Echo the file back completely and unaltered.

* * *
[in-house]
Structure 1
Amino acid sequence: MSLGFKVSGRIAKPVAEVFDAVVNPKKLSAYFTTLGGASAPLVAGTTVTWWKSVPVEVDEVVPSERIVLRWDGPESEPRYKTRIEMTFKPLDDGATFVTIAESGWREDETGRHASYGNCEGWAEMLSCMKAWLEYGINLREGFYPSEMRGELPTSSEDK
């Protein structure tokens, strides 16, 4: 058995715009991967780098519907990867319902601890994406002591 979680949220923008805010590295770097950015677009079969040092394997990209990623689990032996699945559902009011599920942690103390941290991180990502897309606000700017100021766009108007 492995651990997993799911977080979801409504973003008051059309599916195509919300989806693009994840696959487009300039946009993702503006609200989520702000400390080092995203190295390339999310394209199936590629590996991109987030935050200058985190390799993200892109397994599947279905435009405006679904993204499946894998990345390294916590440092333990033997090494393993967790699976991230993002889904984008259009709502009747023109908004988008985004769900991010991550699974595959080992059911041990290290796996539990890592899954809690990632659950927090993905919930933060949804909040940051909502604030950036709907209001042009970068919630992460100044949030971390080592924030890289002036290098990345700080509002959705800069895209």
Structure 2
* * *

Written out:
[in-house]
Structure 1
Amino acid sequence: MSLGFKVSGRIAKPVAEVFDAVVNPKKLSAYFTTLGGASAPLVAGTTVTWWKSVPVEVDEVVPSERIVLRWDGPESEPRYKTRIEMTFKPLDDGATFVTIAESGWREDETGRHASYGNCEGWAEMLSCMKAWLEYGINLREGFYPSEMRGELPTSSEDK
């Protein structure tokens, strides 16, 4: 058995715009991967780098519907990867319902601890994406002591 979680949220923008805010590295770097950015677009079969040092394997990209990623689990032996699945559902009011599920942690103390941290991180990502897309606000700017100021766009108007 492995651990997993799911977080979801409504973003008051059309599916195509919300989806693009994840696959487009300039946009993702503006609200989520702000400390080092995203190295390339999310394209199936590629590996991109987030935050200058985190390799993200892109397994599947279905435009405006679904993204499946894998990345390294916590440092333990033997090494393993967790699976991230993002889904984008259009709502009747023109908004988008985004769900991010991550699974595959080992059911041990290290796996539990890592899954809690990632659950927090993905919930933060949804909040940051909502604030950036709907209001042009970068919630992460100044949030971390080592924030890289002036290098990345700080509002959705800069895209």
Structure 2